The schools of the Rújiā儒家 (called 'Confucianism’ in the West) have contributed much to the cultures of East Asia. Also Vietnam has been deeply influenced by Confucian administrators and their culture of holistic education. The Confucian legacy being tangible throughout Vietnamese academia and in other sectors of society, it is not surprising that future-oriented topics are discussed in the light of this living tradition. In this context, the University of Social Sciences and Humanities VNU-HCMC (Vietnam) and the University of Hawai’i at Manoa (USA) have jointly organized an international conference on the topic “Confucianism as a Philosophy of Education for the Contemporary World” which was held recently in Ho Chi Min City from July 24th – 28th, 2016.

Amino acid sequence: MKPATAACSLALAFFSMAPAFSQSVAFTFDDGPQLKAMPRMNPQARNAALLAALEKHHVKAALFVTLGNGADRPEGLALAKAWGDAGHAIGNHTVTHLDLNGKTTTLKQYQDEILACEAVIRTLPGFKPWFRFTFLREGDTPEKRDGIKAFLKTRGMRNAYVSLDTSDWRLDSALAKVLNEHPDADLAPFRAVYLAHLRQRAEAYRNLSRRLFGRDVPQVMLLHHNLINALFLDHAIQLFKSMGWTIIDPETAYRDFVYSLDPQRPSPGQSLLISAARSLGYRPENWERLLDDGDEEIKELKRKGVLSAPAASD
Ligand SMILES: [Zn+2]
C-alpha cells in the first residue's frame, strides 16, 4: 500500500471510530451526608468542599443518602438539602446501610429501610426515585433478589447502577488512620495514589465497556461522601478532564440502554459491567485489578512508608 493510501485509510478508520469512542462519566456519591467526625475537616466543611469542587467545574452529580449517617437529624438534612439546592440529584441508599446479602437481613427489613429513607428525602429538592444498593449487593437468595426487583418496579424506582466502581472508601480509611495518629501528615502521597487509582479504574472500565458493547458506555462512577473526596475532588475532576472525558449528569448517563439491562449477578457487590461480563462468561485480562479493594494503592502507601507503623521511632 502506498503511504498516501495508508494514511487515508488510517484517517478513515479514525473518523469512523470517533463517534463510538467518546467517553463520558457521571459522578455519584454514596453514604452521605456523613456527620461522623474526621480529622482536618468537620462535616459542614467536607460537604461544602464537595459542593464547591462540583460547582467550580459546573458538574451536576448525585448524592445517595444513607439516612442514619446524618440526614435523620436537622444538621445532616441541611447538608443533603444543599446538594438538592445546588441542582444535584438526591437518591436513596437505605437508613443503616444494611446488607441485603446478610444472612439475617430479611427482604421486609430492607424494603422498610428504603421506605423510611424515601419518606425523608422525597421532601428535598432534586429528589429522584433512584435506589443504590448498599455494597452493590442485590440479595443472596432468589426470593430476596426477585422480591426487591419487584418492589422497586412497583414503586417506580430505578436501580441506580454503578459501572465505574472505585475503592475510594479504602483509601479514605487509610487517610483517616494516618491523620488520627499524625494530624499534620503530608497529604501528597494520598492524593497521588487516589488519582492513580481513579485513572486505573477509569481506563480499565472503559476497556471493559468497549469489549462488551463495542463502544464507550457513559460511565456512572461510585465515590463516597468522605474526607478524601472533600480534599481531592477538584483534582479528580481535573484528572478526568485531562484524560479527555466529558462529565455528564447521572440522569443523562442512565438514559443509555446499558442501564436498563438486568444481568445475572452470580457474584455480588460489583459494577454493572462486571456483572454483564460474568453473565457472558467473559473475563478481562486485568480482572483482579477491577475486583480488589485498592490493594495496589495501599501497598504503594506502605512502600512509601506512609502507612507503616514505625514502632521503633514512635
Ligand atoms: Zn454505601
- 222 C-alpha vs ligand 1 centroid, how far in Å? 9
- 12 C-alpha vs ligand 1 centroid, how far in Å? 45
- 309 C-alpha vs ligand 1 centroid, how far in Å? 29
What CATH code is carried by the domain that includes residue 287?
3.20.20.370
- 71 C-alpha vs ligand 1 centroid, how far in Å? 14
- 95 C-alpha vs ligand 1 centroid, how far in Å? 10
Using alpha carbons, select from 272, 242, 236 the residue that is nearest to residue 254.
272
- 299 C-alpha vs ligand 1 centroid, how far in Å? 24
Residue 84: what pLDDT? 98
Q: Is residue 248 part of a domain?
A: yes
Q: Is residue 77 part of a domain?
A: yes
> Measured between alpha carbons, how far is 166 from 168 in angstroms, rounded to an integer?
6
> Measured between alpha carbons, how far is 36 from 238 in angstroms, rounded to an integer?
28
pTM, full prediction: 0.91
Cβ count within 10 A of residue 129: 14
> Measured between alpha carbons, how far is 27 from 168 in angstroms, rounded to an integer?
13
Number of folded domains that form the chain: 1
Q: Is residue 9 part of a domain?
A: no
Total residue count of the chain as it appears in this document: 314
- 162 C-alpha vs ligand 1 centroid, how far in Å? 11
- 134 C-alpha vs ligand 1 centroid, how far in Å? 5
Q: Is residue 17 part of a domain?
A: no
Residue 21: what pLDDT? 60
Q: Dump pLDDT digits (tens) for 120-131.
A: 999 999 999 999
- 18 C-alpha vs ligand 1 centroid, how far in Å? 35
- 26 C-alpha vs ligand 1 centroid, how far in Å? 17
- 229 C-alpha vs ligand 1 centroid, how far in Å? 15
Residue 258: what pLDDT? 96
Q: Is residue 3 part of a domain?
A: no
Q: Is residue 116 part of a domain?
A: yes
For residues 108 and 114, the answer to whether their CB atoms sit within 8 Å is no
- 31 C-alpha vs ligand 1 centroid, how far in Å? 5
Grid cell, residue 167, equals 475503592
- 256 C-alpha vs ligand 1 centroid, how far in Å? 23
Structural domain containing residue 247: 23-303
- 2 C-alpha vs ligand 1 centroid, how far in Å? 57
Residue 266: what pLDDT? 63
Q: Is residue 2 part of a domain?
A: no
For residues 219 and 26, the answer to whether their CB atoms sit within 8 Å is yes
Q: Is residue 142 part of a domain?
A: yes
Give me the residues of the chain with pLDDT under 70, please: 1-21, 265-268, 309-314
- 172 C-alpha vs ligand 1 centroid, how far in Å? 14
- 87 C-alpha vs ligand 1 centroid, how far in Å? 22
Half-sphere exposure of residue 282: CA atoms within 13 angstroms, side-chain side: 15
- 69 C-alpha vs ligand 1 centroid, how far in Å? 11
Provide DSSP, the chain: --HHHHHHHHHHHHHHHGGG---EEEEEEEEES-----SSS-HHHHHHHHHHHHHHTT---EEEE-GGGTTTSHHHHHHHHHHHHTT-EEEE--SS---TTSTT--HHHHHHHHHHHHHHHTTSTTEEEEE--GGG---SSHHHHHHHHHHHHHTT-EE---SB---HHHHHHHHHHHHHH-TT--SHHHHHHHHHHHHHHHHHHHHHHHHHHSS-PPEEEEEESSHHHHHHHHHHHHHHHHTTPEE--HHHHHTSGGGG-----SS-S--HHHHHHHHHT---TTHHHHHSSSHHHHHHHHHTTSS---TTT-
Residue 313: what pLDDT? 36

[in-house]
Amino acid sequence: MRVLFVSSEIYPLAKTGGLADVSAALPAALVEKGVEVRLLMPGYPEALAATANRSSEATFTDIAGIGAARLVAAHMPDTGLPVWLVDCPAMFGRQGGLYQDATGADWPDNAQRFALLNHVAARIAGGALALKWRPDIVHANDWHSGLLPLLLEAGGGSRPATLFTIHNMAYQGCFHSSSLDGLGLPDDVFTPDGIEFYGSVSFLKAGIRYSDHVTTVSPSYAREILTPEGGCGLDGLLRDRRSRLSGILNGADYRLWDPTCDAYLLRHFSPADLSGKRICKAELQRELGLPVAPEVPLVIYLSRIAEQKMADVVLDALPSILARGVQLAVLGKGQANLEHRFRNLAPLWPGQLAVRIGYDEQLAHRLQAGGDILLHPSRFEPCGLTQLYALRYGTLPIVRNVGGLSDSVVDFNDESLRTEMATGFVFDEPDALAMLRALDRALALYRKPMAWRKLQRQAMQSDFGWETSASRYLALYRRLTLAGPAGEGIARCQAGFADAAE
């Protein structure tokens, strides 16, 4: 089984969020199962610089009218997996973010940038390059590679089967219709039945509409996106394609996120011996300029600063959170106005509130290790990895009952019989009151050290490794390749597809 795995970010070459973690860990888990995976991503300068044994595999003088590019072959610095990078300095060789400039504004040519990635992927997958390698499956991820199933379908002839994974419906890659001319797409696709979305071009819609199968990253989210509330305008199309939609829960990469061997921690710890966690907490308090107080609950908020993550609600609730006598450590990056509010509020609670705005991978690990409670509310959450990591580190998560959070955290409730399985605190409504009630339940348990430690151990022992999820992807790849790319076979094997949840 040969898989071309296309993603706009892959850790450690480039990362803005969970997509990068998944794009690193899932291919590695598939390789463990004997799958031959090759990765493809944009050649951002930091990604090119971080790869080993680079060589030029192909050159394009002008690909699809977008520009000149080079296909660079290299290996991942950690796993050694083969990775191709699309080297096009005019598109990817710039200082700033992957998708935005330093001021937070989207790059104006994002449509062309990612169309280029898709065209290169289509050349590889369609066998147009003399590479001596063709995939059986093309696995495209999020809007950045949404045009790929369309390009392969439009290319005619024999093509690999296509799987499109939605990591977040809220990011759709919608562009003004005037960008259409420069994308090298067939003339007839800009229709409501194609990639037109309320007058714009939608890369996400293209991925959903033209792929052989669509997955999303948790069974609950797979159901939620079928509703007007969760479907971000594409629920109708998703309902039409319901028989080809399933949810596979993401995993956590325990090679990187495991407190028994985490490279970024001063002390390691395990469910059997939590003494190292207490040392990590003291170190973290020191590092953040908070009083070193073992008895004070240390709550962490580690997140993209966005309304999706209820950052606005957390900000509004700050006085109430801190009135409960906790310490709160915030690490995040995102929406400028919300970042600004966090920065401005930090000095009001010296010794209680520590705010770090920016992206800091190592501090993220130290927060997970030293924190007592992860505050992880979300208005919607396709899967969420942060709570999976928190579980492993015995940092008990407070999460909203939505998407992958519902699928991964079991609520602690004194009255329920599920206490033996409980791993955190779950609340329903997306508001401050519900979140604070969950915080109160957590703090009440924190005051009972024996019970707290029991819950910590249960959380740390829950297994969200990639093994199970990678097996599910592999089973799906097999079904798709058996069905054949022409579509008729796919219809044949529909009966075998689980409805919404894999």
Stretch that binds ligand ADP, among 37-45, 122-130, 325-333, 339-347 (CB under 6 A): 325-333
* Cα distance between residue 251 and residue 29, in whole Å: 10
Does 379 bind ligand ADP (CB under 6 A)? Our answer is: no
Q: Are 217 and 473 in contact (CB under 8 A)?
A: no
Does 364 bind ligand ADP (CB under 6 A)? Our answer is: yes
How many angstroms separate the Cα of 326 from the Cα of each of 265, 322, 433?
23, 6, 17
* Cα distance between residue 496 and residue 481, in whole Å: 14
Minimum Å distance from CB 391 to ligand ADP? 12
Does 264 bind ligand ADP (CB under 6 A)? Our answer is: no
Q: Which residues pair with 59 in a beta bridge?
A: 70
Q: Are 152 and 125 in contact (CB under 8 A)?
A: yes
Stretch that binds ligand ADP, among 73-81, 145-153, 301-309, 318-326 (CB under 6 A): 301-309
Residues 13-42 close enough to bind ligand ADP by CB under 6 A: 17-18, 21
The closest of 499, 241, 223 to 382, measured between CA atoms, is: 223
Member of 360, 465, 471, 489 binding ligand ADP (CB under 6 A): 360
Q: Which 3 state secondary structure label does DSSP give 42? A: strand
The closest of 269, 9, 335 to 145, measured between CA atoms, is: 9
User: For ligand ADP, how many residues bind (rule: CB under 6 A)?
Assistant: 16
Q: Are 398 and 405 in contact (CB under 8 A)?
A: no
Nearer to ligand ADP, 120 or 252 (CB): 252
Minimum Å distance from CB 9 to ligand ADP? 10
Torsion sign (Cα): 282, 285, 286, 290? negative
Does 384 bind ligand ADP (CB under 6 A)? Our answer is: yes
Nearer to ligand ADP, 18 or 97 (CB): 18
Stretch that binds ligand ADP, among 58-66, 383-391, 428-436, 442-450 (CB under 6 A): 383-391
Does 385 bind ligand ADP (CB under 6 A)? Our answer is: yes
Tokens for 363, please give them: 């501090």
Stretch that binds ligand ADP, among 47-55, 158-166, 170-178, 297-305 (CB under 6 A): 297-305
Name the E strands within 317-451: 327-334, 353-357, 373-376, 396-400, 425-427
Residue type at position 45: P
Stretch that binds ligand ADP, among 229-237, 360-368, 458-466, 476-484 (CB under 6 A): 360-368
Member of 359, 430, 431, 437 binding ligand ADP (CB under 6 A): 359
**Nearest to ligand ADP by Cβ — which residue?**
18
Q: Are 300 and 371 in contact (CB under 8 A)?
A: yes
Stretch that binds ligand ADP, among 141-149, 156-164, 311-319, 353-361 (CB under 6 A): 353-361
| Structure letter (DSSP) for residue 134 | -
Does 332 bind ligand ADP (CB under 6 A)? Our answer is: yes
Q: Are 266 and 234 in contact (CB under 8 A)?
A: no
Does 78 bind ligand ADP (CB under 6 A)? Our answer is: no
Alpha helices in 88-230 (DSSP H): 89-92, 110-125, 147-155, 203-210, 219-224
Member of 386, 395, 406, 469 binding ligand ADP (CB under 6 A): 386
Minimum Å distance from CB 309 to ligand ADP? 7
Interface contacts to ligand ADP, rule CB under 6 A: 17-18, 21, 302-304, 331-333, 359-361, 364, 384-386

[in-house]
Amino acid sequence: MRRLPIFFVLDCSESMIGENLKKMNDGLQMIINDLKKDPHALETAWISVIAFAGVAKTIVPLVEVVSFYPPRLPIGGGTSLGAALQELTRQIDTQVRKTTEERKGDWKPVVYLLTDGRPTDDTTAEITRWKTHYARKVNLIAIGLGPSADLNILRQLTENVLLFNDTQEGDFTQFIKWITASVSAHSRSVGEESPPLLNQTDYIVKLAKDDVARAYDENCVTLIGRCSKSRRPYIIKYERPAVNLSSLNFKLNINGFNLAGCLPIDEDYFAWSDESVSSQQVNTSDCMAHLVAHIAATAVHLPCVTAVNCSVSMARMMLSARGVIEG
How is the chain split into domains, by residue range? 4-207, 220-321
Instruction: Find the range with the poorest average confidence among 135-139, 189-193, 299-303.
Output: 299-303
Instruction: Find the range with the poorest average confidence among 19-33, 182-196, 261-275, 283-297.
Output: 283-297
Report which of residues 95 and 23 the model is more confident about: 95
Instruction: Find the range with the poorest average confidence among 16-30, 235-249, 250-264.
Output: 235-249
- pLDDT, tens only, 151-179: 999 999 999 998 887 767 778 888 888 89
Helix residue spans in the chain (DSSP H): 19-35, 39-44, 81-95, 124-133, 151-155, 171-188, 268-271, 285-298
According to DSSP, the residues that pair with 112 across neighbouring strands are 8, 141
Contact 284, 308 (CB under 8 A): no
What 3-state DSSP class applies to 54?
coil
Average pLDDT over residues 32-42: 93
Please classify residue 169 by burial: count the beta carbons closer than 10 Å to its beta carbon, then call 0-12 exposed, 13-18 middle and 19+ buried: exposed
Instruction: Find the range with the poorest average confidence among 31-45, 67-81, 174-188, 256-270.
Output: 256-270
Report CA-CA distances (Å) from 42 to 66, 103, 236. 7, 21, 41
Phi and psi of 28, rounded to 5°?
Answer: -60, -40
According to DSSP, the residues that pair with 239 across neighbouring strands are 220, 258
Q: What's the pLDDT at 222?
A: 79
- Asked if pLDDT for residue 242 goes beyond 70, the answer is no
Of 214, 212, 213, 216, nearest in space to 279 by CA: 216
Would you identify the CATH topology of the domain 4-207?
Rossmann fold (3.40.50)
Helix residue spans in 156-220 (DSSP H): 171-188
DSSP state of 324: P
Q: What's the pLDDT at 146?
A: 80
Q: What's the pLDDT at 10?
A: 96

In relation to the main topics “Confucian Classics and Education” and “Confucianism and Practical Issues” the conference had been grouped into twelve panels. Participants came from Vietnam, the USA, the Peoples Republic of China, South Korea, Japan, Singapore, Australia, Great Britain, Iceland, Slovenia and Germany. Often misinterpreted lopsidedly as a religion or philosophy, the participants demonstrated once more that Confucianism is to be seen as an ancient and yet developing and flourishing system of holistic as well as well-balanced (and philosophically reflected) ways of education which fosters self-learning as well as a life-long development of self-reflection in action, so-to-speak. In this regard, the overall topic was reflected in terms of an interdisciplinary setting. Topics ranged from a manifold of innovative regards concerning Vietnamese Confucianism (past & present) and especially Confucian education, a wide range of general philosophical topics concerning Confucian education as well as highly interesting contributions from Confucian perspectives in fields of politics and cultural history. All participants expressed their gratitude to Dr. Nguyen Ngoc Tho and his team for the exceedingly well organized conference as well as to keynote speakers and top executives.